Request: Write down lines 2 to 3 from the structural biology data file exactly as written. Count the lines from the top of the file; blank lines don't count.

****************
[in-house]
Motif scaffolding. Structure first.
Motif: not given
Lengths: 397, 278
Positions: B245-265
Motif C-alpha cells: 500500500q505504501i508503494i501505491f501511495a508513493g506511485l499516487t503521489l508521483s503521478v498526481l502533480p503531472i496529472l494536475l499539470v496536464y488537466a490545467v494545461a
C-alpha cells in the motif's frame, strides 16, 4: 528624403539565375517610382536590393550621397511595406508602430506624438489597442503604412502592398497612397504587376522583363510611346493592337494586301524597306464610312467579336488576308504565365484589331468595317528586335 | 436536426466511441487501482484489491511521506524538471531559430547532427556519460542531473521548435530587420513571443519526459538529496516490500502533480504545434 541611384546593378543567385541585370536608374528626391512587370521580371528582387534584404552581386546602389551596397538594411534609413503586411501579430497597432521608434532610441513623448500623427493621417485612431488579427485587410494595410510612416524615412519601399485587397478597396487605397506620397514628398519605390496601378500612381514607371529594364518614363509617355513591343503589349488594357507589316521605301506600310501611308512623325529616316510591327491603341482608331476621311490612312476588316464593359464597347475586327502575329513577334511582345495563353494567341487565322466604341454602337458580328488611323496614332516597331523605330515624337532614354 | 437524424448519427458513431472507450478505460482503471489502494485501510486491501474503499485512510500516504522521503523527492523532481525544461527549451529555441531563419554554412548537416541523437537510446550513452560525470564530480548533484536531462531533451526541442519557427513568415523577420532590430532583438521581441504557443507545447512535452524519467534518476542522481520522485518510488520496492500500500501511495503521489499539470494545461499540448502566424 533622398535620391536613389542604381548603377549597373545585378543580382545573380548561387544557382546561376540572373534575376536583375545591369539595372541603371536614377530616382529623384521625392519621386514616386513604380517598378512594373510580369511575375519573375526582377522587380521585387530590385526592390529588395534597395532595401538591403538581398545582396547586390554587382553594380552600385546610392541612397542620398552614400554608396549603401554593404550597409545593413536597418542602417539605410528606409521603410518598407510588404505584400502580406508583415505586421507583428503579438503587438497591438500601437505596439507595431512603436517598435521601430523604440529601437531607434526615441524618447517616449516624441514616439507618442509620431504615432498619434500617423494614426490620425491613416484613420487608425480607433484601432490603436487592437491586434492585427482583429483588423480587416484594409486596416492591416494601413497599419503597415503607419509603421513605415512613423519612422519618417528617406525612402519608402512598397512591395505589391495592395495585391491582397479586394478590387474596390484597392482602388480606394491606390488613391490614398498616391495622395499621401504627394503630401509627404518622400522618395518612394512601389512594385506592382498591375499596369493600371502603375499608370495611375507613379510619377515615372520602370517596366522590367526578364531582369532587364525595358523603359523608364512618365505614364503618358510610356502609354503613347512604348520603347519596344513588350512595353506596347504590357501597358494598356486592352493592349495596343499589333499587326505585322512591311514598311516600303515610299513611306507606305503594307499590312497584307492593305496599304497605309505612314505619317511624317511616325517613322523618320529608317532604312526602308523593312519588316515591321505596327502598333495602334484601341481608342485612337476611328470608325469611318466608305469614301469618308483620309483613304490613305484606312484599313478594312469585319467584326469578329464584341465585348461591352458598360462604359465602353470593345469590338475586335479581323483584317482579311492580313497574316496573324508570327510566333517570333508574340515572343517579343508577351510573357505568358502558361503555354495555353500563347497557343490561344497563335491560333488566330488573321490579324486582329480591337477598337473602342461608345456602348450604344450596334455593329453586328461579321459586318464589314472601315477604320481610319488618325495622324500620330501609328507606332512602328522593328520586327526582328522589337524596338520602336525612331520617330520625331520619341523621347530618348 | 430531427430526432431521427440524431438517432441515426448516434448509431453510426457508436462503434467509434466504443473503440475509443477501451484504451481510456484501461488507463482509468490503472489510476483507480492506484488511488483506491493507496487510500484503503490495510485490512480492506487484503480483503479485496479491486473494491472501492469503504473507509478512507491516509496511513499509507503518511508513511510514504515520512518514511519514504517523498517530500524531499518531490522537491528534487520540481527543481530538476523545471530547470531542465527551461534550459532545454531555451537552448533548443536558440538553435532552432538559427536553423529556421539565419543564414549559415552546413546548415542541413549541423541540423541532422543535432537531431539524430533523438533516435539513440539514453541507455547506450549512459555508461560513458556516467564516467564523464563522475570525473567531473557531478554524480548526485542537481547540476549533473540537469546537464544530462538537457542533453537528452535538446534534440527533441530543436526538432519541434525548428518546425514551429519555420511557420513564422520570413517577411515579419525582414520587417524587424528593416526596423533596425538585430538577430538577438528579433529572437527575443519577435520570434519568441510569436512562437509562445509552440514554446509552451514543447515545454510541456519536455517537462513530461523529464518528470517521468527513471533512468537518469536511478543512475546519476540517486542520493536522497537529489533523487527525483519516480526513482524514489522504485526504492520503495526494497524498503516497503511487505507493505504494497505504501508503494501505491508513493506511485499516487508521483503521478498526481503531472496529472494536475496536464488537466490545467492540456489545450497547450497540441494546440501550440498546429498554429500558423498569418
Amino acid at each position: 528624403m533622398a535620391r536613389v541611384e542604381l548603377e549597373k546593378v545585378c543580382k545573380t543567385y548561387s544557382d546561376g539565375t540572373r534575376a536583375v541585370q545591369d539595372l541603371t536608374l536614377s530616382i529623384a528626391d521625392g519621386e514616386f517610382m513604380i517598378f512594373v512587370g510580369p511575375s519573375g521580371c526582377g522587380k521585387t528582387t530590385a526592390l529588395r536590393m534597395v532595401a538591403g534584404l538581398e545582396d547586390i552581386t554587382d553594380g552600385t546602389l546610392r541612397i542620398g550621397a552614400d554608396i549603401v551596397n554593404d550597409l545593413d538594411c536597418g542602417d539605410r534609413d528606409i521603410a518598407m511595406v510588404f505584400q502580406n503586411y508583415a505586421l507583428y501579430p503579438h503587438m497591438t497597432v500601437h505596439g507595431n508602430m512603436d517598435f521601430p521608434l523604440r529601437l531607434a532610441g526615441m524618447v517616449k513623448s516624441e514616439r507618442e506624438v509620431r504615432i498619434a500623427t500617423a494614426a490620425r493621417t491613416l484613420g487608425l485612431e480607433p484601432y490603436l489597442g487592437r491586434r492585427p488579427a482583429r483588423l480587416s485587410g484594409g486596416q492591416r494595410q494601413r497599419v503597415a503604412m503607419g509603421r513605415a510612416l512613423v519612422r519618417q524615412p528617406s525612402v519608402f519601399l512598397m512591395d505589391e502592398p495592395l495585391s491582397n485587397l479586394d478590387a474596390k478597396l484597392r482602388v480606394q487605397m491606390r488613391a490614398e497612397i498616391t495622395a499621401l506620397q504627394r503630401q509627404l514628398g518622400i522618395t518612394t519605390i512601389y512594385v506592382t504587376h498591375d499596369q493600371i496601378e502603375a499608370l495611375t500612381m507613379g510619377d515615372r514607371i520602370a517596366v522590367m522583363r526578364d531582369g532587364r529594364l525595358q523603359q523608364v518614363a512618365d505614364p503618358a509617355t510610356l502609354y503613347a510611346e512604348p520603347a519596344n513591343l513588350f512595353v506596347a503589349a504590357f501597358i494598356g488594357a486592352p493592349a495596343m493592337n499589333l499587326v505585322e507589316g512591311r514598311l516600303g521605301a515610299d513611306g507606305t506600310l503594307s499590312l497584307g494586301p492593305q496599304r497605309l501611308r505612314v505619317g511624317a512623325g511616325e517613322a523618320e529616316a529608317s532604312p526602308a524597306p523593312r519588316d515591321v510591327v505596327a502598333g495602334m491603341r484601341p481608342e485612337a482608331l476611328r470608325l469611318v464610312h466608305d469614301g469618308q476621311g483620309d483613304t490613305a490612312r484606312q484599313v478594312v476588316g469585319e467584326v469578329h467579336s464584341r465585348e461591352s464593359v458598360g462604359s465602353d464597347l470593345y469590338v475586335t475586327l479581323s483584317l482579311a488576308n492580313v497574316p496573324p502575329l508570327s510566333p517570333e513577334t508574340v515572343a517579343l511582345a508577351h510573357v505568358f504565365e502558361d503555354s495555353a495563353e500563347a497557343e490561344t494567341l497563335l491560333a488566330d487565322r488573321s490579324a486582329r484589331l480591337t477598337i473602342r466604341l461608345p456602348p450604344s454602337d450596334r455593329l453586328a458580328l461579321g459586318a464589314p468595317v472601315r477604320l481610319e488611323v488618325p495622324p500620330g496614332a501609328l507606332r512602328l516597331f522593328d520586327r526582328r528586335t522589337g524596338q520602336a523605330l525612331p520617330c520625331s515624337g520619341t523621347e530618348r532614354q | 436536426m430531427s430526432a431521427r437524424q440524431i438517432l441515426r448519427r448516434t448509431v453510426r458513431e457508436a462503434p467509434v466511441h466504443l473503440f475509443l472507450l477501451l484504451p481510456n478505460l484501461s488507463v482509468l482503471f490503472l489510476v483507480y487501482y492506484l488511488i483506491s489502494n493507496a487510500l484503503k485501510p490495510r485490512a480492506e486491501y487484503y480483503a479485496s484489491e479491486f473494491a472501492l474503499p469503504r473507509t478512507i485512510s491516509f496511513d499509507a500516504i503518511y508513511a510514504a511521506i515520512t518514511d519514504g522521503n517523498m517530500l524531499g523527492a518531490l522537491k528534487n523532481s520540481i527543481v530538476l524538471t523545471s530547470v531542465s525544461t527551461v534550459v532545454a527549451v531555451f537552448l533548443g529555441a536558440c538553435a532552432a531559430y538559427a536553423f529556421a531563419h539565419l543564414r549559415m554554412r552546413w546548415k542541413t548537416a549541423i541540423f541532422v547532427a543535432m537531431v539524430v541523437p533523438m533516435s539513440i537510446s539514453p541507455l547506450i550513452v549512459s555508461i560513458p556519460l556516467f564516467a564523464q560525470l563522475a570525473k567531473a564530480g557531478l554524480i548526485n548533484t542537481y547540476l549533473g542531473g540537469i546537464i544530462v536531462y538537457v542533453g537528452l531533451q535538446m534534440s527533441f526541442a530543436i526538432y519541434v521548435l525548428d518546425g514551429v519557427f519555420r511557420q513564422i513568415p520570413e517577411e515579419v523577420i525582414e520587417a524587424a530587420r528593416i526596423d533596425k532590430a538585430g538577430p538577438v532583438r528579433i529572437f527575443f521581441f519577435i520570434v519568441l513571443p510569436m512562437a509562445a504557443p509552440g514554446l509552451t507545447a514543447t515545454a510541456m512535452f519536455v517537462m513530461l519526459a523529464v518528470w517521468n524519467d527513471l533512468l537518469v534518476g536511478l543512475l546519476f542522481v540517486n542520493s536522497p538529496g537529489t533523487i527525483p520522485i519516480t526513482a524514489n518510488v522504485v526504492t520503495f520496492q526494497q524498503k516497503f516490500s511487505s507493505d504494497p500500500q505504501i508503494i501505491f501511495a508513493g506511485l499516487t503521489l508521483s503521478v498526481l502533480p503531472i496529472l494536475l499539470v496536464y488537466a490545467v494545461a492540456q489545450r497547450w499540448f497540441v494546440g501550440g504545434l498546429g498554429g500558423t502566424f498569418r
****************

Motif scaffolding. Structure first.
Motif: not given